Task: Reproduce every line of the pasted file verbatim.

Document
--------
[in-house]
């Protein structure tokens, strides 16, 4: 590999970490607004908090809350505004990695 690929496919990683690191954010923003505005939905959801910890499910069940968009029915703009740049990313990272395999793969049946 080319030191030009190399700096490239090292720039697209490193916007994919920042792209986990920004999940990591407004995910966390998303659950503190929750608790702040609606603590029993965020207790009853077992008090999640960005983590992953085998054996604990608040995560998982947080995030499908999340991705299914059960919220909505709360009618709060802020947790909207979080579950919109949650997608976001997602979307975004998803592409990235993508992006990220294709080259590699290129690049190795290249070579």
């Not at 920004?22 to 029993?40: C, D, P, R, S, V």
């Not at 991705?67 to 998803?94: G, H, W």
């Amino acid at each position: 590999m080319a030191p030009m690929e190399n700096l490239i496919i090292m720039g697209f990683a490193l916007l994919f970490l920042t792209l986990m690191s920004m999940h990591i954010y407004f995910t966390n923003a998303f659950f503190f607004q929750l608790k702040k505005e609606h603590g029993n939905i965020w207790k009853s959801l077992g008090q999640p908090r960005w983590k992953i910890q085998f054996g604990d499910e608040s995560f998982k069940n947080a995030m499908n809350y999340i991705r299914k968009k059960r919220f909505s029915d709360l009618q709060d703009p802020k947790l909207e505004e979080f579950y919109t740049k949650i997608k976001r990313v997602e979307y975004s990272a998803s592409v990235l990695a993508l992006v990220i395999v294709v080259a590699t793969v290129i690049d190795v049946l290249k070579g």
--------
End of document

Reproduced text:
[in-house]
């Protein structure tokens, strides 16, 4: 590999970490607004908090809350505004990695 690929496919990683690191954010923003505005939905959801910890499910069940968009029915703009740049990313990272395999793969049946 080319030191030009190399700096490239090292720039697209490193916007994919920042792209986990920004999940990591407004995910966390998303659950503190929750608790702040609606603590029993965020207790009853077992008090999640960005983590992953085998054996604990608040995560998982947080995030499908999340991705299914059960919220909505709360009618709060802020947790909207979080579950919109949650997608976001997602979307975004998803592409990235993508992006990220294709080259590699290129690049190795290249070579």
């Not at 920004?22 to 029993?40: C, D, P, R, S, V």
């Not at 991705?67 to 998803?94: G, H, W």
């Amino acid at each position: 590999m080319a030191p030009m690929e190399n700096l490239i496919i090292m720039g697209f990683a490193l916007l994919f970490l920042t792209l986990m690191s920004m999940h990591i954010y407004f995910t966390n923003a998303f659950f503190f607004q929750l608790k702040k505005e609606h603590g029993n939905i965020w207790k009853s959801l077992g008090q999640p908090r960005w983590k992953i910890q085998f054996g604990d499910e608040s995560f998982k069940n947080a995030m499908n809350y999340i991705r299914k968009k059960r919220f909505s029915d709360l009618q709060d703009p802020k947790l909207e505004e979080f579950y919109t740049k949650i997608k976001r990313v997602e979307y975004s990272a998803s592409v990235l990695a993508l992006v990220i395999v294709v080259a590699t793969v290129i690049d190795v049946l290249k070579g």